Warren Munson Jr. owns a La Salle body shop and has been busier this winter than any in recent memory.
Cracked-up front ends and undercarriages have flown steadily into Munson’s shop and with a fresh mix of snow and cold now falling, he’s betting on many more. He and his crew haven’t been burning the midnight oil, but, “We’re at the edge of that point.”
“Very few cars go into the ditch without cracked bumpers or damage to the underside,” Munson said, explaining that cars are held together in spots with plastic clips that become brittle in cold weather. “It’s important for people to have their cars looked at after going into a ditch.”
And if this weather keeps up, Munson will have jobs to occupy him into spring.
Illinois Valley residents woke this morning to an intermittent storm that will have dropped upwards of 6 inches of snow by the time the system passes this afternoon.
Most schools were closed today (visit www.newstrib.com for a complete listing of closures) despite having depleted allocated snow days, thanks to road conditions that have overwhelmed plow drivers who could really use a break.
“They’re hanging in there, but they’re a tough bunch,” said Larry Kinzer, La Salle County highway engineer. “But, yeah, it’s been a long winter — and it’s not over yet.”
David Beachler, a meteorologist with the National Weather Service in Romeoville, said at 9:30 a.m. today that La Salle County had recorded variable snowfalls topping out at 6 inches, with more coming before the system passes this afternoon.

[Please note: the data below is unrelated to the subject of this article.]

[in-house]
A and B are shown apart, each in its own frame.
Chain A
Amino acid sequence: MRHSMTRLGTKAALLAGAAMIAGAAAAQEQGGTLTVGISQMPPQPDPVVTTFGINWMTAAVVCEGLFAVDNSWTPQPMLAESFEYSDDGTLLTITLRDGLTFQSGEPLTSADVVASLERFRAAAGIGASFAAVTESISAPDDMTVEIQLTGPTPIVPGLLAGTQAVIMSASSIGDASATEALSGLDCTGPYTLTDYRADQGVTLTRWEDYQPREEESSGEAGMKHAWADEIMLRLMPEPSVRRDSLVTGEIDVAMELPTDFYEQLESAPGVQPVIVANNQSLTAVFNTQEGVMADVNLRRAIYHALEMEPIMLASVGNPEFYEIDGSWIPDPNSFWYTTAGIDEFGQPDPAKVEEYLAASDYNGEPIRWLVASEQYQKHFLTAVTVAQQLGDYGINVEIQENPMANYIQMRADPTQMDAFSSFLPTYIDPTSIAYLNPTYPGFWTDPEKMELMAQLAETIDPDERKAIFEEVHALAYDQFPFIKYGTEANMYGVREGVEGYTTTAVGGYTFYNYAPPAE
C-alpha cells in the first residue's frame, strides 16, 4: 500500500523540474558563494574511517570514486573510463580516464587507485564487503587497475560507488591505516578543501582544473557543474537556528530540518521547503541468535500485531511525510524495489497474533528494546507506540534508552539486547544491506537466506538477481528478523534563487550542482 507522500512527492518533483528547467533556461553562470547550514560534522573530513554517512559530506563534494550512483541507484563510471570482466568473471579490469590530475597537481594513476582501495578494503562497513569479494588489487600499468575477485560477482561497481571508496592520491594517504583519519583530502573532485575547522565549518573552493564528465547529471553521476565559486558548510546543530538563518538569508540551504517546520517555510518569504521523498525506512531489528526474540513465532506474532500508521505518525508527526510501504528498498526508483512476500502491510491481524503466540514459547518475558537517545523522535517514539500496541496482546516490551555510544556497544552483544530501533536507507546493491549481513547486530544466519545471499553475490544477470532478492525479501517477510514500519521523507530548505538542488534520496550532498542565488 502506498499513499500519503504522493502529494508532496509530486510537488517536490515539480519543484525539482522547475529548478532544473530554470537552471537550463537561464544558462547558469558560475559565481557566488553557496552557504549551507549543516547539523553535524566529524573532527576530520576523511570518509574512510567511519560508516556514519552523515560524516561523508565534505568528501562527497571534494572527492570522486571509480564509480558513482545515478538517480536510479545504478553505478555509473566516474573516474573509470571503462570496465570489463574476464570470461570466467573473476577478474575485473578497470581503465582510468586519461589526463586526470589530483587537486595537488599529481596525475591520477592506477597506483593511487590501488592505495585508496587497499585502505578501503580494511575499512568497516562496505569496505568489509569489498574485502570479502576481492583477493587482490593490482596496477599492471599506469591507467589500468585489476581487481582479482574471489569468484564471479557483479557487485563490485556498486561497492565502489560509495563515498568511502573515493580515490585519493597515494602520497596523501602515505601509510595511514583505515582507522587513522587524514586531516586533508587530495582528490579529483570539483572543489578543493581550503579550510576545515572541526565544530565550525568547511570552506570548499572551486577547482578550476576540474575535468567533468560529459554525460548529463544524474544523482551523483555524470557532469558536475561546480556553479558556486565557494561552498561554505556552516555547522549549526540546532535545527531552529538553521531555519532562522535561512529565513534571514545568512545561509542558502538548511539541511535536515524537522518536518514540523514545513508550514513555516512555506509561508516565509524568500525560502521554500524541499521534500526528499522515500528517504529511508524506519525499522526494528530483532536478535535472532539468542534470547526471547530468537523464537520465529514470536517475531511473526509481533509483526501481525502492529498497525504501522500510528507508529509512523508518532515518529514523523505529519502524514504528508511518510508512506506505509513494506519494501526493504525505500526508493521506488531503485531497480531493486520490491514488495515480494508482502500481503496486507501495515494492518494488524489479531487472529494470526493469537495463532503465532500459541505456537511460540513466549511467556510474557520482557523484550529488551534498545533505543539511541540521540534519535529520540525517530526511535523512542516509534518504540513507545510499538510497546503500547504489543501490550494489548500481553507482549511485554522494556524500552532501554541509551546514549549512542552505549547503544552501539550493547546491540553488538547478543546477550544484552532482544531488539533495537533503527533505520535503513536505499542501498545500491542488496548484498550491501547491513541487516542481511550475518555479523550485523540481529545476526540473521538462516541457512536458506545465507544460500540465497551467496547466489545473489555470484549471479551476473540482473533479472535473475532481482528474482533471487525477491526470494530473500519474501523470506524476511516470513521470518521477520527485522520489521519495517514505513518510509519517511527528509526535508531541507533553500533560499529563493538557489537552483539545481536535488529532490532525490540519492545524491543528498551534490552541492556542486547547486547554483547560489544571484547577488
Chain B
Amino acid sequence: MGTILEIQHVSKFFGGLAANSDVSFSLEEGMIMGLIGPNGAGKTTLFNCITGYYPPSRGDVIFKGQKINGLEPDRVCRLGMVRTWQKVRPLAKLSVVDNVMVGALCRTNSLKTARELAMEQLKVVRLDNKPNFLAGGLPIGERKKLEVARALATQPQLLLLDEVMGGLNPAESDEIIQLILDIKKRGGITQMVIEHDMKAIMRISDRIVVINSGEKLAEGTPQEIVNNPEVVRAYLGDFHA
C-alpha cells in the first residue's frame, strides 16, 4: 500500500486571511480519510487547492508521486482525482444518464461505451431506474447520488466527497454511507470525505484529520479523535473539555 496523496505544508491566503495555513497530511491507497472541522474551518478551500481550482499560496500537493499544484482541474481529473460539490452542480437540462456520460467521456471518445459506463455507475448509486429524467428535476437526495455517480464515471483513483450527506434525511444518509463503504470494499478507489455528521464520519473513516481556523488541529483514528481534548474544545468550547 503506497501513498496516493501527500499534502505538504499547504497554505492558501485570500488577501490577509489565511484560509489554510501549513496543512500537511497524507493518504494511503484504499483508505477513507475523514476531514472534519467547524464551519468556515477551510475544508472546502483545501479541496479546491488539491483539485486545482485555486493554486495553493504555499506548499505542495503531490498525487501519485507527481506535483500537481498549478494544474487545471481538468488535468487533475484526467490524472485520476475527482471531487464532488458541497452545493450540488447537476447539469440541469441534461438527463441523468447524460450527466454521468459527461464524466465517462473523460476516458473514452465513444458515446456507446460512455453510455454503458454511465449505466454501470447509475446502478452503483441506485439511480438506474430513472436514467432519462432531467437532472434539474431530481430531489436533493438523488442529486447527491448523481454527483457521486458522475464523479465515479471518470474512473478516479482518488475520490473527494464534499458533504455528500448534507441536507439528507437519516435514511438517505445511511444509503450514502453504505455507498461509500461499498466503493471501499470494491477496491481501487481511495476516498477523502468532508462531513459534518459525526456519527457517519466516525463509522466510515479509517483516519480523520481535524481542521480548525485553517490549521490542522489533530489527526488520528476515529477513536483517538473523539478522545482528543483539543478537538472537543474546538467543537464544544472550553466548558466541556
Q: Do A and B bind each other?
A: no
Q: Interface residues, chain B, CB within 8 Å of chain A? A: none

As has been the case in recent storms, the snowfall will be followed by cold, though not quite as bone-chilling as was experienced twice last month, as tomorrow’s high (4 degrees) will at least be in positive territory.
People should bundle up tonight, however. Temperatures will fall to an overnight low of minus-6 degrees — possibly minus-10 — with steady winds of 10-15 mph that will produce a wind chill of minus-25 tonight in La Salle-Peru. Temperatures will crawl slowly into the mid teens by week’s end.
“Right now, it doesn’t seem like we’ll see any substantial warm up,” Beachler said, seeing no relief in the 10-day forecast.
In other words, road conditions will continue to be hazardous.
A semi hauling cattle overturned at 1:47 a.m. today on Interstate 80 west of Spring Valley, springing “many cattle” from the enclosed trailer.
“Efforts were made to recapture all of the cattle,” state police reported, “however, due to the weather conditions at the time it is unknown if there are any that remain loose in that area.
“Caution is recommended in that area as a collision with a cow can be very severe.”
Though there were no road closures reported by press time, state police spokesman Craig Graham confirmed this morning most roads were snow-covered with plenty of residual cover lurking beneath the new snow to challenge motorists’ brakes, to say nothing of their nerves.
“Underneath the snow is ice,” Graham said. “We continue to have vehicles slide off the road and trucks jackknife, so travel is definitely not advised.”
State police strongly advise motorists who must travel to take with them a charged cell phone, car charger, food, water, warm clothing and blankets to ensure their protection while stranded and awaiting help.
Most frustrating to authorities is motorists are not exercising sufficient caution, perhaps because bad weather and treacherous roads have become so familiar that drivers have let their guards down.
“We’re getting cars in ditches now,” La Salle County deputy Jason Mohr reported early today. “People are driving way too fast and going into ditches.”
NewsTribune editor Craig Sterrett and reporter Jeff Dankert contributed to this story.